The government introduced the Protection of the Rights of Elders Act No. 9 of 2000, which was amendment to No. 5 of 2011, and in 2017, the government introduced a draft of the National Elderly Health Policy, which wasn’t entirely successful.

As the Secretary to the Ministry of Primary Industry and Social Empowerment noted at the policy dialogue, ageing policies should pay attention to the gender aspects of ageing. The Government supports elder care homes and the elderly population through medical and financial assistance programmes. The private sector also operates a number of care homes and health facilities targeted towards the wellbeing of the older population. The UNFPA, through dialogues such as “Ageing Without Limits” brings together all stakeholders to continuously advocate on the need to harness the opportunities of Sri Lanka’s ageing population.


Equal access to resources

If women are prevented from accessing resources and opportunities, a country cannot fulfil its potential, especially when women constitute more than half of a country’s population. In particular, Sri Lankan women are well educated and are in relatively good health. They have a lot to contribute to national development if given the opportunity. Likewise, we need to look at older generations as productive resources to the country’s development; they should be given the opportunity to continue to learn and improve their skills (lifelong learning) and work in a flexible manner.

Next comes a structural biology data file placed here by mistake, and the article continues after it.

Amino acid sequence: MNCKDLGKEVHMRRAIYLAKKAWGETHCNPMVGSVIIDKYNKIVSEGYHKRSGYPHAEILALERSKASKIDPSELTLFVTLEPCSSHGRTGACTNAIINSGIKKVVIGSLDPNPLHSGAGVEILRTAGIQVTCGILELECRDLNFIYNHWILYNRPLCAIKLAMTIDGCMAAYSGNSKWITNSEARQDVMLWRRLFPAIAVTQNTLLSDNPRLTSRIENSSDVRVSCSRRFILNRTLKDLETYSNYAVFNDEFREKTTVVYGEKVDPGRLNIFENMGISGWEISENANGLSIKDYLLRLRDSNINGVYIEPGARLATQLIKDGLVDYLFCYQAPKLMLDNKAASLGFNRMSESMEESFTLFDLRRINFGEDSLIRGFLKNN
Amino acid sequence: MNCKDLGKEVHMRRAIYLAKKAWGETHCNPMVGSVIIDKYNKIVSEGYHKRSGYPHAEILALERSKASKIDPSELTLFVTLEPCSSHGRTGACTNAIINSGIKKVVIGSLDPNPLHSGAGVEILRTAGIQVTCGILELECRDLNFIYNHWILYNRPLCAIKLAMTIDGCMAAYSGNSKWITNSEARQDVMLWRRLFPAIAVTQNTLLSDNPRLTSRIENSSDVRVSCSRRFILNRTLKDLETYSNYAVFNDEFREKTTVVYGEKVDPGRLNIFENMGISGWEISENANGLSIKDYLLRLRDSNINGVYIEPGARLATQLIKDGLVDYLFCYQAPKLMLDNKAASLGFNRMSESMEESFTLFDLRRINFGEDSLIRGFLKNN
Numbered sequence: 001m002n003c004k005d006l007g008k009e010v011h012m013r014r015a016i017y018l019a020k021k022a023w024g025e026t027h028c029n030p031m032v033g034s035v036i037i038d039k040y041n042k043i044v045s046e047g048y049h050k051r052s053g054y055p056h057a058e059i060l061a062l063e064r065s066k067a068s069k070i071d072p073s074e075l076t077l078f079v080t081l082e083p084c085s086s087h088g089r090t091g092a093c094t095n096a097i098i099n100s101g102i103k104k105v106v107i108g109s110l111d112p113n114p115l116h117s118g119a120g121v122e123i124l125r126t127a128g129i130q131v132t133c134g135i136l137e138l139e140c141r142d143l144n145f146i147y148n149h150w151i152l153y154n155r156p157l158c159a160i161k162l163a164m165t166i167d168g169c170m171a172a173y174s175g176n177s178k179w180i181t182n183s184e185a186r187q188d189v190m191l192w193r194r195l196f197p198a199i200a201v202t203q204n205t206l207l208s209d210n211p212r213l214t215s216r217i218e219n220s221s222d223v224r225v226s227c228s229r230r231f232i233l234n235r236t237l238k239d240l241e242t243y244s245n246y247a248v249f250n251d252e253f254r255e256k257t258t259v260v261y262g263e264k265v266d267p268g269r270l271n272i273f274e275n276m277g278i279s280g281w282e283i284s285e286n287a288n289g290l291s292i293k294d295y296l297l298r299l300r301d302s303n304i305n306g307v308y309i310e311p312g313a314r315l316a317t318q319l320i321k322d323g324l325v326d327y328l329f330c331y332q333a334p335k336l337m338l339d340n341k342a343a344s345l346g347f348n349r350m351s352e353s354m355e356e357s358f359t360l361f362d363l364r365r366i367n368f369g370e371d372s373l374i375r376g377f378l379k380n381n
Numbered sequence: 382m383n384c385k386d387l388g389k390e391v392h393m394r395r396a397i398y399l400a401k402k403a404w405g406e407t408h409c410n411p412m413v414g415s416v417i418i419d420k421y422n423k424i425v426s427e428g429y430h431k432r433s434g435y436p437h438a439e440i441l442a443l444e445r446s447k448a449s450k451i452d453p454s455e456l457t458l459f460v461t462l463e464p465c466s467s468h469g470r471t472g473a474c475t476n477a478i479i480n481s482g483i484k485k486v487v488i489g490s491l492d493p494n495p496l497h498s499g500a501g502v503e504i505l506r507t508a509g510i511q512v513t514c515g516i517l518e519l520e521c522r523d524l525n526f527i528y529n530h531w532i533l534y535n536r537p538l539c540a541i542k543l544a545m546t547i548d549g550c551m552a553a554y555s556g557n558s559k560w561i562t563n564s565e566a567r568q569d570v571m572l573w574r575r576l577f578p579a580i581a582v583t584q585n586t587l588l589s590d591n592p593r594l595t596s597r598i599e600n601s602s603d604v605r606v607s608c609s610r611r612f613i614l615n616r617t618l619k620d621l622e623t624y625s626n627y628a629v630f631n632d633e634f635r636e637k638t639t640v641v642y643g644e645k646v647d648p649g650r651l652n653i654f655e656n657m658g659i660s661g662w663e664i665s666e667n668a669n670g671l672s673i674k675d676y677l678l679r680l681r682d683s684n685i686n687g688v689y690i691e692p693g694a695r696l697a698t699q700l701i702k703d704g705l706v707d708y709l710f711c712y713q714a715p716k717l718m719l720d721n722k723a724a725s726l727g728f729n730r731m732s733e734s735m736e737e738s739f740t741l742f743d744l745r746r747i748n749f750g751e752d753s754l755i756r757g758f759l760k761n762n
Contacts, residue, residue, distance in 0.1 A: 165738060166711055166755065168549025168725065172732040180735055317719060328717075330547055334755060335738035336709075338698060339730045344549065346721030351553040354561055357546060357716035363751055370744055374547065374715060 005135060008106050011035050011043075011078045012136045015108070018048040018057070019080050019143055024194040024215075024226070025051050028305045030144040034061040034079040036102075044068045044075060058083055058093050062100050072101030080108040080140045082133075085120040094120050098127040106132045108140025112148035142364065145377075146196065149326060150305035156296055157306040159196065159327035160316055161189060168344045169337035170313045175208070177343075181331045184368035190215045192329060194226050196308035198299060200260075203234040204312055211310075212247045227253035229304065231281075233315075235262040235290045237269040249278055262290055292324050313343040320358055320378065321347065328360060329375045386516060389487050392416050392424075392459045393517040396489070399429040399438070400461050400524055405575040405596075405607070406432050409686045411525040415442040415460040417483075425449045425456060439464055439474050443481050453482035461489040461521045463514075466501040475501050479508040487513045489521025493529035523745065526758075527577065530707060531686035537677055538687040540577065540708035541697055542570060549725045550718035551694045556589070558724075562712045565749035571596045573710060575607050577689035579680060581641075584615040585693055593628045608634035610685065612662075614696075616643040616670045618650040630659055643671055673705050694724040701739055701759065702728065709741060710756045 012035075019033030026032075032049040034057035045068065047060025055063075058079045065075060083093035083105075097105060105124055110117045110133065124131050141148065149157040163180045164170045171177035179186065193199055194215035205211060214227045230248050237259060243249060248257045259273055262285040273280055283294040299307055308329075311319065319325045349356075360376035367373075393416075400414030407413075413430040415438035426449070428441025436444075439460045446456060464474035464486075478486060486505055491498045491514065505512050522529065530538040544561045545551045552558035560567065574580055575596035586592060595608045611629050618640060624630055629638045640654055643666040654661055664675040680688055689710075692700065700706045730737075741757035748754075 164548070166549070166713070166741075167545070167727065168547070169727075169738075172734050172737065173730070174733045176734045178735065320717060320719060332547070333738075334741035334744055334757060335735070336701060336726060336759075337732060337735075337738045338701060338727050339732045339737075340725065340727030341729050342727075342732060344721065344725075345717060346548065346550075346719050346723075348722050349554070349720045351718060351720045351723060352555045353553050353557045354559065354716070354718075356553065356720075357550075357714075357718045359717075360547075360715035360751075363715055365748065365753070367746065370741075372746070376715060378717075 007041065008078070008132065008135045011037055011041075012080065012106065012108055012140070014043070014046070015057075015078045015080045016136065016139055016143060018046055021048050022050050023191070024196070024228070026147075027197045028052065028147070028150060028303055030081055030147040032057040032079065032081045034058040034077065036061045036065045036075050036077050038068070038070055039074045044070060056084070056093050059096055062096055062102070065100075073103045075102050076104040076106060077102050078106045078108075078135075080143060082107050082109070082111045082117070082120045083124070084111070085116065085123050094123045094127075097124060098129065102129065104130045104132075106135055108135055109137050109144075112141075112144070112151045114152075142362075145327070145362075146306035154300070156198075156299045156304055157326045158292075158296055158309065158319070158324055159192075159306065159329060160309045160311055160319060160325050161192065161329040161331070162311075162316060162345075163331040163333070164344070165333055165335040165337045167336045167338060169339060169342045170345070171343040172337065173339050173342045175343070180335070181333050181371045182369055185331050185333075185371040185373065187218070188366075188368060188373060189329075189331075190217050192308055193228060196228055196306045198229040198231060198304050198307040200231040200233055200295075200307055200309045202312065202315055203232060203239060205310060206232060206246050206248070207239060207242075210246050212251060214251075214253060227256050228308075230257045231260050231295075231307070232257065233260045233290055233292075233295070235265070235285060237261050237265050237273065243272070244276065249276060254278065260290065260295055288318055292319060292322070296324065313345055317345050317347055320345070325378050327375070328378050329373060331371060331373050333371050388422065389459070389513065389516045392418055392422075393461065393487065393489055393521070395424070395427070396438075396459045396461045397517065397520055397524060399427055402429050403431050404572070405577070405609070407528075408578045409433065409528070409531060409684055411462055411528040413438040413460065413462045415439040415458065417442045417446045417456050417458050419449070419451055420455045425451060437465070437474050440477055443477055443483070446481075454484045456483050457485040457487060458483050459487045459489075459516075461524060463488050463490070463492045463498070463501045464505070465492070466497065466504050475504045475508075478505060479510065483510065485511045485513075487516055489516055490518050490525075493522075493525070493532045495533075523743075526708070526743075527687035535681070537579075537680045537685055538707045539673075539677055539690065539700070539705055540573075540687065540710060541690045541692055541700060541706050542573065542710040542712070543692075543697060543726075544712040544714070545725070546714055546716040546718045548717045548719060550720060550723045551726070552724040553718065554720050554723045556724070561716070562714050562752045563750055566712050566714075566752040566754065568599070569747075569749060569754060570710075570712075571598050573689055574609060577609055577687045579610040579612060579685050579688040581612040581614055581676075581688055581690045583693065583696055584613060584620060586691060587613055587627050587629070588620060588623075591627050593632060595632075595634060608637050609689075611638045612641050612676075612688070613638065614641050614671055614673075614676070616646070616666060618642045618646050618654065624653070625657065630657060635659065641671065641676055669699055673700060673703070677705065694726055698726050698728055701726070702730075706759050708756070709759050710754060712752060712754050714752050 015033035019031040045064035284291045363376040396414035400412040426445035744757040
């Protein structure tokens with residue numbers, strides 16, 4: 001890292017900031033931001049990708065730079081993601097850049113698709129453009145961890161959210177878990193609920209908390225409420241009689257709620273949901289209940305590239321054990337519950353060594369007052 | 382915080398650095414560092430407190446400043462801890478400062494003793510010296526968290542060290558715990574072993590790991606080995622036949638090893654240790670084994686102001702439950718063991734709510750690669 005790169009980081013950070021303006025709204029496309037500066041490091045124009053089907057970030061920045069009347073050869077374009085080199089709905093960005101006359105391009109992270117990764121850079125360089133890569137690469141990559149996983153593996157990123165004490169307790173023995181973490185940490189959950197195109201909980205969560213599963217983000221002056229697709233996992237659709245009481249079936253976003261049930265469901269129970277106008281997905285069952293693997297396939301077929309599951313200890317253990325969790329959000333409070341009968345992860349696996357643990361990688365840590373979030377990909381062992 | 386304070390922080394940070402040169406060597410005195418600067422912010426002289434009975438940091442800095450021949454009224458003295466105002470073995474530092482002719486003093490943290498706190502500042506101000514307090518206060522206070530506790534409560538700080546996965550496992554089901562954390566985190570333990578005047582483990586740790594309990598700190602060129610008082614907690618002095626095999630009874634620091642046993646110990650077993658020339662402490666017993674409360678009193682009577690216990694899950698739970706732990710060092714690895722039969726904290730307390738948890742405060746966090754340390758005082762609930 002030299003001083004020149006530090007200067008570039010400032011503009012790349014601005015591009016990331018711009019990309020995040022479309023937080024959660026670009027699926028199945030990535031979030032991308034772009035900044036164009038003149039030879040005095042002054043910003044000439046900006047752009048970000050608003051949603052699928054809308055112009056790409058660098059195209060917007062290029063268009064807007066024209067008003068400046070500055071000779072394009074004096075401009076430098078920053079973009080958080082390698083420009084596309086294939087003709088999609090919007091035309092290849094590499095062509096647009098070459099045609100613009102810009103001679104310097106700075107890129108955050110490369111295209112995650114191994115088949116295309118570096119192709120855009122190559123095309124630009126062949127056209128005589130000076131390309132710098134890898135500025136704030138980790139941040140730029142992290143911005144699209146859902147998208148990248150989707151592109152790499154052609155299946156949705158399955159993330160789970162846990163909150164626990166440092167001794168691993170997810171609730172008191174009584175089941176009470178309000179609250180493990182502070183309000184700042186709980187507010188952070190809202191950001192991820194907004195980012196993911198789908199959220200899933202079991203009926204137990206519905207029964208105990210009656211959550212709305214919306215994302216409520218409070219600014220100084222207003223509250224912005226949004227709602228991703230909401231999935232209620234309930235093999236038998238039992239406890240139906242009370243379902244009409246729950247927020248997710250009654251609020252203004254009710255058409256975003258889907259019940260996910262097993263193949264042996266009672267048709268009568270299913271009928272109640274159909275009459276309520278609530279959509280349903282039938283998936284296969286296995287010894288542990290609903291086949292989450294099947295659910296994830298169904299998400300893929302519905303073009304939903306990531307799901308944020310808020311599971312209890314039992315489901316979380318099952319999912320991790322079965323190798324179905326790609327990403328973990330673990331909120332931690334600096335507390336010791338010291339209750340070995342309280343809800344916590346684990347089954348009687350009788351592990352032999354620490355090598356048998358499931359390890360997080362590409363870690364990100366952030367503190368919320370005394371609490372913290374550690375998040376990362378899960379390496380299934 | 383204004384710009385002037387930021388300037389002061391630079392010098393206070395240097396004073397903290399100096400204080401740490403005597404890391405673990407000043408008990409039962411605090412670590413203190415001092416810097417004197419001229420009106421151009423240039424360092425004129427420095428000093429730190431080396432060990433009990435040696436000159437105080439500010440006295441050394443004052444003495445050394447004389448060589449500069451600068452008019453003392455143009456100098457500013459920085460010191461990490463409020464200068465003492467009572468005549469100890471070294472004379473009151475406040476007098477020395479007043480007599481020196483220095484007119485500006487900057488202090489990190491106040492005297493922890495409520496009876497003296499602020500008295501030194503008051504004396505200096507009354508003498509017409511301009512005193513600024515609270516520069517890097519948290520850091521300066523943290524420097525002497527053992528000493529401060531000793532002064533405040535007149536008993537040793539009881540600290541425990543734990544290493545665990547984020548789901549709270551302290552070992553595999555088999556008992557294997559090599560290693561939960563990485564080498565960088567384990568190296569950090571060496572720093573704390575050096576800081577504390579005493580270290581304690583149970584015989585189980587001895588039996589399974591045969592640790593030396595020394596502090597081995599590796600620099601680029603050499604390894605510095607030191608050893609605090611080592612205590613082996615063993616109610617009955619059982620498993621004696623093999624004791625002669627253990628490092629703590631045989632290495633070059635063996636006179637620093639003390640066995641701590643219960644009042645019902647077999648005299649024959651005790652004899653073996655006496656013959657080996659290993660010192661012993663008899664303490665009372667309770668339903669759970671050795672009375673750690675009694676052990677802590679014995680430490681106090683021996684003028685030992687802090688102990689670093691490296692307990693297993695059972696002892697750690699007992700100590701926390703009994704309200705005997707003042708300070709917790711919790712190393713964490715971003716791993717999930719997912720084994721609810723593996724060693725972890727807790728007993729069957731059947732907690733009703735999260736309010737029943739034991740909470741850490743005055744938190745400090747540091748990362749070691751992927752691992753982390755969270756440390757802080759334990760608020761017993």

Nacken went on to discuss about the lifestyles of the majority of women in Sri Lanka, particularly the insufficiency of pension funds and the lack of savings amongst aging women in the island. However, she also mentioned that it is important to take a lifecycle as well as rights-based approach.

“For older women (or men) to lead a happy life, they not only need financial security, but also good health and an active social life. This means, younger women should have the opportunity to join the labour force, have their care work fully recognised, learn to stay healthy, and develop their social network.”